Anonymous said...

Pr. Meandering, you are absolutely right. I was expecting something too, you came so close, I was waiting for it, waiting for it...then you ended. I thought you were going to include the misunderstanding of Eph. 4:12, that the laity are to do be "equipped" and do the "work" of the ministry.

Someone should write a book on how misapplied words today are used compare to their use in Scripture, like: "fellowship" "ministry" "mission." Of course, Scripture speaks of only 1 ministry, the Word and Sacrament. Now, many involved church volunteers, paid non-ordained church workers talk about 'their ministry'.

Anonymous said...

I agree with Mr. Hoppe; there is no other profession which allows a lay person to stand in.

Lee said...

While I completely agree that "empowering the laity" is being generally misapplied, I do think the connection between "profession" and Word and Sacrament ministry are not fair comparisons.

A professional, like a doctor, has specific training that is critical to his role. His power and authority to heal people comes from this knowledge, skill and training and cannot simply be exercised by someone "playing" doctor.

The office of pastor, however, gains its authority not from how skilled, trained and knowledgeable the pastor is, but from the office itself instituted by Christ and entrusted to the Church.

If a faithless idiot somehow usurps the pastoral office (no comments please) and proclaims to a repentant sinner that in Christ his sins are forgiven, then the force of the words is the same no matter how hollow or unworthily spoken.

I know I am influenced by my former law enforcement career, but I see pastoral ministry much more like that of a police officer than that of a skilled professional because all the training in the world does not make one a police officer; rather, it is the authority of the office that belongs to the state and ultimately every citizen.

This does not mean that we should not a have well regulated, educated and trained police force, but that their authority does not come from that training.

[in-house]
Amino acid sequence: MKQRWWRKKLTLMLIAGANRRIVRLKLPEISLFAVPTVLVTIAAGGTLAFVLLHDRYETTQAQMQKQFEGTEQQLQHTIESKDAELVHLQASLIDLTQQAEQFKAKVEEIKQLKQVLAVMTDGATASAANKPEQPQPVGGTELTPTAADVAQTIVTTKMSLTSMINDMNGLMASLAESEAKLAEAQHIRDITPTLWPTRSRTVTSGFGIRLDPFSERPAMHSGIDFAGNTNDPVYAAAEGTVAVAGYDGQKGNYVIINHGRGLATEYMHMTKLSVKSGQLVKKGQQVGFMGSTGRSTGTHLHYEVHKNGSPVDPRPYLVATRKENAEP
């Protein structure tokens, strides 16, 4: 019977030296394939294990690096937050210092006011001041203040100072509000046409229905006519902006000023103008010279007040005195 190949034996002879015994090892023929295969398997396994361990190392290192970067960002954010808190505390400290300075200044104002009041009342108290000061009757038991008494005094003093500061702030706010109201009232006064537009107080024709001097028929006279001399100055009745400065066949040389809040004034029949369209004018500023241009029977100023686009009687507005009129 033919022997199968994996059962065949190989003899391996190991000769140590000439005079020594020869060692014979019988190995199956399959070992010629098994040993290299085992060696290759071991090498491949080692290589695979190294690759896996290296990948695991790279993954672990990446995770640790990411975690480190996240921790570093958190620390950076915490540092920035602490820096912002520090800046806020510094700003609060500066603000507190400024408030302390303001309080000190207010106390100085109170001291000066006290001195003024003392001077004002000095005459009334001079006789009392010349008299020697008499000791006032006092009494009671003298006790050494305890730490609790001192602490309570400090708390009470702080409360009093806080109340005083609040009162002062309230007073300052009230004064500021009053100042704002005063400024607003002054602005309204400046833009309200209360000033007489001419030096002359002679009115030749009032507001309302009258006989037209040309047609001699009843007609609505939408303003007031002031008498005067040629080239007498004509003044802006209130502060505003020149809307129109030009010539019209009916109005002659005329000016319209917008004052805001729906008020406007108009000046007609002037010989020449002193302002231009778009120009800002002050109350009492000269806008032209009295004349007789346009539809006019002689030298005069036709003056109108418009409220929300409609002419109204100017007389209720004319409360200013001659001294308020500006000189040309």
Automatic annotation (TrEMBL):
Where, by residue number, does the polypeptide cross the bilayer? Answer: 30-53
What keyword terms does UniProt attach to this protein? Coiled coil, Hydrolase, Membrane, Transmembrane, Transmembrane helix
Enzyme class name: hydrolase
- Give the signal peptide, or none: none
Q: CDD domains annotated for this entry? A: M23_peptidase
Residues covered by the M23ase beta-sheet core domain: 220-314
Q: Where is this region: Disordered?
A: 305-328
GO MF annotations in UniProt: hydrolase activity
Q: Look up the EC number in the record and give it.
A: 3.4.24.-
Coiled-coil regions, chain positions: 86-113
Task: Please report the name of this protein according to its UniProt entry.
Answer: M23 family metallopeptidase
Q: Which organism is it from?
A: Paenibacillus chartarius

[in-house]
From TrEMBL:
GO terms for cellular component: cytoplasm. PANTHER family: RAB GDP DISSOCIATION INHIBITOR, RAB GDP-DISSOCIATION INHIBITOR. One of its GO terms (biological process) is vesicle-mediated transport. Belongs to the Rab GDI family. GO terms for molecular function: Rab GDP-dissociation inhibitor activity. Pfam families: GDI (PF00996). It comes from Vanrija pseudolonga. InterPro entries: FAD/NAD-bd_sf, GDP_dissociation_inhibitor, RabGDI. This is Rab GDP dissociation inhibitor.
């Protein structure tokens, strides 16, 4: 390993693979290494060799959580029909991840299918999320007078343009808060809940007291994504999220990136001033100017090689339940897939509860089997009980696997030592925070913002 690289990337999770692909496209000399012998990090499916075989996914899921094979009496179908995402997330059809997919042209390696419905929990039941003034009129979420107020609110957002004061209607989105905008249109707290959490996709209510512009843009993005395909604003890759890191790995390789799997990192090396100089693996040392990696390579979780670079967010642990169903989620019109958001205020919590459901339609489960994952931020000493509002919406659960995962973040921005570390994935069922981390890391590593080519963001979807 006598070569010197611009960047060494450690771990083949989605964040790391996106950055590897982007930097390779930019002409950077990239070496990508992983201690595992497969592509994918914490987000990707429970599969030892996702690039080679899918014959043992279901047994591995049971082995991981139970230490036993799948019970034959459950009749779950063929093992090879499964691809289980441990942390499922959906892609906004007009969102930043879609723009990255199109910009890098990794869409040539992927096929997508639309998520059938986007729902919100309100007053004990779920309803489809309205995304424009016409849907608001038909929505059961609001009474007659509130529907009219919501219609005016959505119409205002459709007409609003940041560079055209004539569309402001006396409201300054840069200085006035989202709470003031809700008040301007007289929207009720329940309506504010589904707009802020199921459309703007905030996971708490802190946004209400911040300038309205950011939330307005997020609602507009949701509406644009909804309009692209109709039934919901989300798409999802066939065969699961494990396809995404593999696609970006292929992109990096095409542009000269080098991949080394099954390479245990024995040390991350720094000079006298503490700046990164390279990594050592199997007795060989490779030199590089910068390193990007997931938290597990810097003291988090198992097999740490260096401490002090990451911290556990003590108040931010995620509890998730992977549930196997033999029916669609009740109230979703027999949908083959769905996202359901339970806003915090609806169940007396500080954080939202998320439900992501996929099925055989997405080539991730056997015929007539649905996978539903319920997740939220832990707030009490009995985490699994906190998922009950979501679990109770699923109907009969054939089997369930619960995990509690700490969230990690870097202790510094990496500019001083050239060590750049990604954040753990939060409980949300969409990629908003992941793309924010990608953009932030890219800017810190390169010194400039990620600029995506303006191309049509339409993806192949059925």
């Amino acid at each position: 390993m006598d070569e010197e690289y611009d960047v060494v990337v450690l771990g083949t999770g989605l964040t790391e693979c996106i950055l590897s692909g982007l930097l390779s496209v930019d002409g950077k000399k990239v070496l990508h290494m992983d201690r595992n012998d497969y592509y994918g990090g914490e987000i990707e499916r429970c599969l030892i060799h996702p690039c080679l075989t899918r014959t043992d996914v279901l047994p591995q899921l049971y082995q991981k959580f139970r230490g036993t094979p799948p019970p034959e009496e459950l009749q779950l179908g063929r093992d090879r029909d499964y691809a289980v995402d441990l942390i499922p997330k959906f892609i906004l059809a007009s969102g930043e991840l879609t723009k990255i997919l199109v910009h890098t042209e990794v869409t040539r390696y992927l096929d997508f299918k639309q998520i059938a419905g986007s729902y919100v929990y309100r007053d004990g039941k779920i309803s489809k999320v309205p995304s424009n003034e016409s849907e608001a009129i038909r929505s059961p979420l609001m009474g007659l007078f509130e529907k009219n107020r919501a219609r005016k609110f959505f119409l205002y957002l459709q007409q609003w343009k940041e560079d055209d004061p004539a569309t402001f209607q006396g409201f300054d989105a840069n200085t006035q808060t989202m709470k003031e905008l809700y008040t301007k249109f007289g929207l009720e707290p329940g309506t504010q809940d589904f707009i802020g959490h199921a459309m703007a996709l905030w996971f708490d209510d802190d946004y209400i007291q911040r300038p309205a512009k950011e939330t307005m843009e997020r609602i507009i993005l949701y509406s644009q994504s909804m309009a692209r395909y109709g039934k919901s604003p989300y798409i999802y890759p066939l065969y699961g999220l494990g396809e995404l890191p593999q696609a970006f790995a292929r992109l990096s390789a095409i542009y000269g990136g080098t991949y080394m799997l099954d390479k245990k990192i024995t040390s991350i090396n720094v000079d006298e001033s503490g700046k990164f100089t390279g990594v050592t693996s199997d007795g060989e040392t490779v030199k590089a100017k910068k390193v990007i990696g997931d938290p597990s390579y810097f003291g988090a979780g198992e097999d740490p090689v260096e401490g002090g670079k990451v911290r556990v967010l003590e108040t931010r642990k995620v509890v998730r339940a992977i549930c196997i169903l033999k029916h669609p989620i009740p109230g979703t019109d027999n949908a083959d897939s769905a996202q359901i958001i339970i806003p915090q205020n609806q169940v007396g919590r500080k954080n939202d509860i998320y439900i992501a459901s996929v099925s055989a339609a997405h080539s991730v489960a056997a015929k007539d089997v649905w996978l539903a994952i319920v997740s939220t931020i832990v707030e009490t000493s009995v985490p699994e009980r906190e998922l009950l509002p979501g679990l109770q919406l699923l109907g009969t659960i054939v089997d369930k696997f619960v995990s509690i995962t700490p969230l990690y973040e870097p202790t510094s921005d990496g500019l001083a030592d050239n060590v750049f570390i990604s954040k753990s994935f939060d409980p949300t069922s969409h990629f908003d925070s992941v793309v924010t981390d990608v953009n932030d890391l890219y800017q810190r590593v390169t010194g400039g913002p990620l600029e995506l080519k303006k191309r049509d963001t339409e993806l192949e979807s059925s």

And, ultimately, when the police are not around but the law needs to be enforced, "laity" can step in with the full authority of the law through police auxiliary officers or even a simple citizen acting in an emergency. Their actions have the full weight of law as that of any officer, even if they are not as well trained or many not normally do such work, because their actions are done within the authority of the office even if not officially holding that office.

Therefore, I do think there are cases when Word and sacrament ministry can and should be exercised by the laity, but only with good order or in an emergency.

Pastor Peters said...

It was not my intent to say that lay could never provide pastoral care but that the primary providers are seen no longer as the Pastors but the lay folks... Pastors have always been assisted by lay folks in some of these duties, carefully defined within parameters, formally and informally, but it is a modern phenomenon that lay folks are the first tier providers of Pastoral Care...

Anonymous said...

I am an ignoramus and this may be tangential, but it seems to me appropriate for pastors mentor primarily fathers to teach care for their own families' day to day spiritual needs like prayer, devotions, Bible reading etc., rather than having lay folks care for the extraordinary spiritual needs of other unrelated lay folks. Physical needs and general companionship, even in times of great difficulty, obviously lay folks are generally willing and able to do out their love and concern for fellow members.